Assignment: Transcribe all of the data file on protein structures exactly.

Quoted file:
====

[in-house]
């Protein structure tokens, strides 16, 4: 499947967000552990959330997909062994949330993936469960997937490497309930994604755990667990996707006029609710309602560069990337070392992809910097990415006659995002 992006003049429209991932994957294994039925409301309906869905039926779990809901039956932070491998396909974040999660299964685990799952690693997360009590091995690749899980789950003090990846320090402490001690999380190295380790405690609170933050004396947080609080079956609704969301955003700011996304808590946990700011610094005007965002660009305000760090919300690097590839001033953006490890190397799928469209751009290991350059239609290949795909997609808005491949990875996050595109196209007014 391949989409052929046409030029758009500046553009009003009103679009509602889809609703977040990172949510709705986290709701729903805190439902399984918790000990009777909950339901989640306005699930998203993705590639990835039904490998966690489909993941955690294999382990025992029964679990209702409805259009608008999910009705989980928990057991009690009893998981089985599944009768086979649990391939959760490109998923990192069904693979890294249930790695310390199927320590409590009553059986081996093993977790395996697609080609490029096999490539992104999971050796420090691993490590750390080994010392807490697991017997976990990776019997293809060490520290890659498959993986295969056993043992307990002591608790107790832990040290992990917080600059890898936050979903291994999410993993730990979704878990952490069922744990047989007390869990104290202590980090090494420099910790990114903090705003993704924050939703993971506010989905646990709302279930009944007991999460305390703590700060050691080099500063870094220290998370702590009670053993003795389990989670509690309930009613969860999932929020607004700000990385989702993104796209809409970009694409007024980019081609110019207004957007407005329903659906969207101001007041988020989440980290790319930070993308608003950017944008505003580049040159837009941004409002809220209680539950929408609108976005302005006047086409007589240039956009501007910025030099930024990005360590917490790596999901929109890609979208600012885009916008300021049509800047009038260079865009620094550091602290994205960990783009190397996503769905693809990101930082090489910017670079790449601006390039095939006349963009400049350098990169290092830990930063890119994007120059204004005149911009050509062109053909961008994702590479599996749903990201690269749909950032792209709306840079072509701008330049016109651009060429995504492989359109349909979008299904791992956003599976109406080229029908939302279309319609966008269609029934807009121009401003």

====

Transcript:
[in-house]
């Protein structure tokens, strides 16, 4: 499947967000552990959330997909062994949330993936469960997937490497309930994604755990667990996707006029609710309602560069990337070392992809910097990415006659995002 992006003049429209991932994957294994039925409301309906869905039926779990809901039956932070491998396909974040999660299964685990799952690693997360009590091995690749899980789950003090990846320090402490001690999380190295380790405690609170933050004396947080609080079956609704969301955003700011996304808590946990700011610094005007965002660009305000760090919300690097590839001033953006490890190397799928469209751009290991350059239609290949795909997609808005491949990875996050595109196209007014 391949989409052929046409030029758009500046553009009003009103679009509602889809609703977040990172949510709705986290709701729903805190439902399984918790000990009777909950339901989640306005699930998203993705590639990835039904490998966690489909993941955690294999382990025992029964679990209702409805259009608008999910009705989980928990057991009690009893998981089985599944009768086979649990391939959760490109998923990192069904693979890294249930790695310390199927320590409590009553059986081996093993977790395996697609080609490029096999490539992104999971050796420090691993490590750390080994010392807490697991017997976990990776019997293809060490520290890659498959993986295969056993043992307990002591608790107790832990040290992990917080600059890898936050979903291994999410993993730990979704878990952490069922744990047989007390869990104290202590980090090494420099910790990114903090705003993704924050939703993971506010989905646990709302279930009944007991999460305390703590700060050691080099500063870094220290998370702590009670053993003795389990989670509690309930009613969860999932929020607004700000990385989702993104796209809409970009694409007024980019081609110019207004957007407005329903659906969207101001007041988020989440980290790319930070993308608003950017944008505003580049040159837009941004409002809220209680539950929408609108976005302005006047086409007589240039956009501007910025030099930024990005360590917490790596999901929109890609979208600012885009916008300021049509800047009038260079865009620094550091602290994205960990783009190397996503769905693809990101930082090489910017670079790449601006390039095939006349963009400049350098990169290092830990930063890119994007120059204004005149911009050509062109053909961008994702590479599996749903990201690269749909950032792209709306840079072509701008330049016109651009060429995504492989359109349909979008299904791992956003599976109406080229029908939302279309319609966008269609029934807009121009401003």